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Town Board Adopts Planned Development District Changes

After months of discourse and public comment, residents laud town board effort.

After seven public hearings and months of community input, the Southampton Town Board voted unanimously Tuesday to adopt reforms to planned development districts.

A planned development district is a zoning tool that allows greater density on a parcel than is allowable by current zoning in exchange for a community benefit. Members of civic, environmental and business organizations came forward at Tuesday’s public hearing urging the board to adopt the legislation.

Highlights of the PDD reform include enhanced participation, such as a pre-submission public hearing and citizens advisory committee representation on a PDD oversight committee to be established for the life of each approved project. Also included in the changes are early referrals to advisory boards and established time frames.

Community benefits are addressed, with clarification regarding what is not a community benefit, and a documented list of hamlet-specific community benefit priorities.

Town Supervisor Anna Throne-Holst kicked off the discussion by saying the step-by-step process has been a healthy one, engaging a wide spectrum of community members.

“Land use policy is perhaps the most important responsibility we have as town board members, because the manner in which our community is developed informs every aspect of our way of life, from traffic to taxes, environmental health to economic sustainability,” Throne-Holst said after the hearing, adding that PDDs are the “number one” issue she has been asked to address.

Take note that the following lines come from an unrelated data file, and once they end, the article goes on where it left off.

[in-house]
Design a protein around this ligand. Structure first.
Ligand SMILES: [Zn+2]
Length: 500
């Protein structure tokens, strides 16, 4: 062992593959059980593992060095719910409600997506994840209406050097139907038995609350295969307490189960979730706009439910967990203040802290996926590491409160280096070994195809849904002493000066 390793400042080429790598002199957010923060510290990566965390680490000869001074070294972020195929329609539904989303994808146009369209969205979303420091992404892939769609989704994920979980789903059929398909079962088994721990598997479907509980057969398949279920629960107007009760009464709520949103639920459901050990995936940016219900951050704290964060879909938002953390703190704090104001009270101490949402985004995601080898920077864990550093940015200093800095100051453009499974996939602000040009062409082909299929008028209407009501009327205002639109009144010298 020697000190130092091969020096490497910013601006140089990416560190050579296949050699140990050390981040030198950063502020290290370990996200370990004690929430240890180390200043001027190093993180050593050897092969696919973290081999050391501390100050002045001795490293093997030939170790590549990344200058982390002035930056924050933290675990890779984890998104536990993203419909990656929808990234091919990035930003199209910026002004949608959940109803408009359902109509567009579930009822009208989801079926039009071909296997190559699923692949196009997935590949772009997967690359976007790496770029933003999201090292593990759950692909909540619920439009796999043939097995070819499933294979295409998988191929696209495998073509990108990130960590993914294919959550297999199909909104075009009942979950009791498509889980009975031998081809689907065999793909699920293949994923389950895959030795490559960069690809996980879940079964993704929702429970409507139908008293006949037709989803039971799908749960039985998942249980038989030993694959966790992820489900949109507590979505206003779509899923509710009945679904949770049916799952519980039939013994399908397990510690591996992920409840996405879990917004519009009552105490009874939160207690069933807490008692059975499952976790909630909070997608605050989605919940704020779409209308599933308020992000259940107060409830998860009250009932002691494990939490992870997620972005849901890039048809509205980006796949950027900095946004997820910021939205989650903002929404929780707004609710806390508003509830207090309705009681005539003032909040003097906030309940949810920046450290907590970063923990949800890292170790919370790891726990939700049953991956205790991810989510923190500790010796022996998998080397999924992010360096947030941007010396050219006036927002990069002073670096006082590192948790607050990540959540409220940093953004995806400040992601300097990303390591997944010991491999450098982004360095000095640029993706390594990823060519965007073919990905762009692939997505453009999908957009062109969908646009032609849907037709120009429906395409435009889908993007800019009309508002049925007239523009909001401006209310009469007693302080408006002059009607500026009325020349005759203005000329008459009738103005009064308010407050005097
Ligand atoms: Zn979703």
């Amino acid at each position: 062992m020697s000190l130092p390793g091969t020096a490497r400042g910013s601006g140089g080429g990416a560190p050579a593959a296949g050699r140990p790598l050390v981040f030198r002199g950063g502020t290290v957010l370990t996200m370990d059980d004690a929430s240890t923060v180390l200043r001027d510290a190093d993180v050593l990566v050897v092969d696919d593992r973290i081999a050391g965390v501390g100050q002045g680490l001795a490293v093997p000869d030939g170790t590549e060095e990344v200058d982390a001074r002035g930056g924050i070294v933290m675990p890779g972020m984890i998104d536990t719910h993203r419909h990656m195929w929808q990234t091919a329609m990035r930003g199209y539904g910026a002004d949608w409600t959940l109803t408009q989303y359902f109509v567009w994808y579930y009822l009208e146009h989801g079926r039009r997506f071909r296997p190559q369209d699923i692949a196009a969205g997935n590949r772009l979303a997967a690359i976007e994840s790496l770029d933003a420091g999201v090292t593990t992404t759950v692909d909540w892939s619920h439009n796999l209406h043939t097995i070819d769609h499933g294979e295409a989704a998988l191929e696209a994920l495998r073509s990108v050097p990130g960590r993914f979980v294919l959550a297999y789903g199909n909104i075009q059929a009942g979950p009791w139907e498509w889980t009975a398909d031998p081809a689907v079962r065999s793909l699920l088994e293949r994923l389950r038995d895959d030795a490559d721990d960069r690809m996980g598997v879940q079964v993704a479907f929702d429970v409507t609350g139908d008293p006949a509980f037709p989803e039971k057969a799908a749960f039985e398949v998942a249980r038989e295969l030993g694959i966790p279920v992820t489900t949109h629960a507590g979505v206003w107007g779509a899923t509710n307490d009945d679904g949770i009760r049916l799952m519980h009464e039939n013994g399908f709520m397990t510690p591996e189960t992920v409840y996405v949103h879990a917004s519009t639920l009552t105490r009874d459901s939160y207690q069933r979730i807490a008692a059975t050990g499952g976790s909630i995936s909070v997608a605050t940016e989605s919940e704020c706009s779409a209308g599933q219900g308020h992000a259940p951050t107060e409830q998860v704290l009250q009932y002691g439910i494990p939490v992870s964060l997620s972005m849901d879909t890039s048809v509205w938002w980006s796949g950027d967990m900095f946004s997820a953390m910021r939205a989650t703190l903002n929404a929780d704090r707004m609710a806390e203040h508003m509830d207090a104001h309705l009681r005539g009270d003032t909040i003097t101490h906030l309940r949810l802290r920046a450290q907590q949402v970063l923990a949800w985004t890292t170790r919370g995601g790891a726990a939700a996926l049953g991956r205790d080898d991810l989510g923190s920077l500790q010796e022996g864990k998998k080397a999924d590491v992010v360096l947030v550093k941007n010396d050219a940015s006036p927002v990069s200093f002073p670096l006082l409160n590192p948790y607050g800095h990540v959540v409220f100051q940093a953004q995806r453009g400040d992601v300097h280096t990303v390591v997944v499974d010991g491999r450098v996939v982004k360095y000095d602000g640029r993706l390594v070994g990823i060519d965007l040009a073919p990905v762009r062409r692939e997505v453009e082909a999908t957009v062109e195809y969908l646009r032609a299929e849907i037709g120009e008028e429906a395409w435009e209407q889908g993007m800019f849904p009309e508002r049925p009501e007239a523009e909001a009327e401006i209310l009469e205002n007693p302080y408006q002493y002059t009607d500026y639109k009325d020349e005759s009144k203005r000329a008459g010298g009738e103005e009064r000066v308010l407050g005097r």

At Tuesday’s hearing, Hampton Bays resident Eve Houlihan expressed lingering concerns with the legislation, including “ambiguity” and “purposefully vague” language relating to community benefits.

Overall, residents lauded the board for their efforts and embraced the legislation.

“The town board did it the right way, to the best logical end,” Bob DeLuca, the president of the Group for the East End, said. DeLuca presented the board with a final letter of support signed by approximately 1,800 residents and community organization representatives.

He added the nine items comprising the amendments are “a significant step forward.” The legislation, he said, improves procedures for applications, submission and review and allows for early public participation.

Wayne Bruin, an attorney for several landowners with PDD applications past and present, thanked the board. “What you have is product that does provide some certainty to landowners. Are we absolutely happy? There are a couple of things we could be critical about, but it’s a good compromise.”

Andrea Spilka, the president of the Southampton Town Civic Coalition, added, “No one got everything they wanted. But what we got was something really important for Southampton Town. This is a major step forward for all of us – the best possible move forward.”

David D'Agostino May 12, 2011 at 12:52 PM
There is way too much celebration of some very modest, ill-defined changes to the PDD legislation including still vague community benefit language. When PDD applicants thank the board, you have to question the policy.
Bob Schepps May 13, 2011 at 01:26 AM
I believe that keeping the PDD creates opportunities for both the community and developers. It is a vaguely defined tool for properties that are problematic and should only be used to the benefit of the community. It is now up to our elected officials to set the bar high enough and to maintain the highest standards for the future consideration of PDD's. There should be NO question as to what the public benefit will be from the very start, not as an add on to the negotiation. NO coming back for "changes" or second thoughts.

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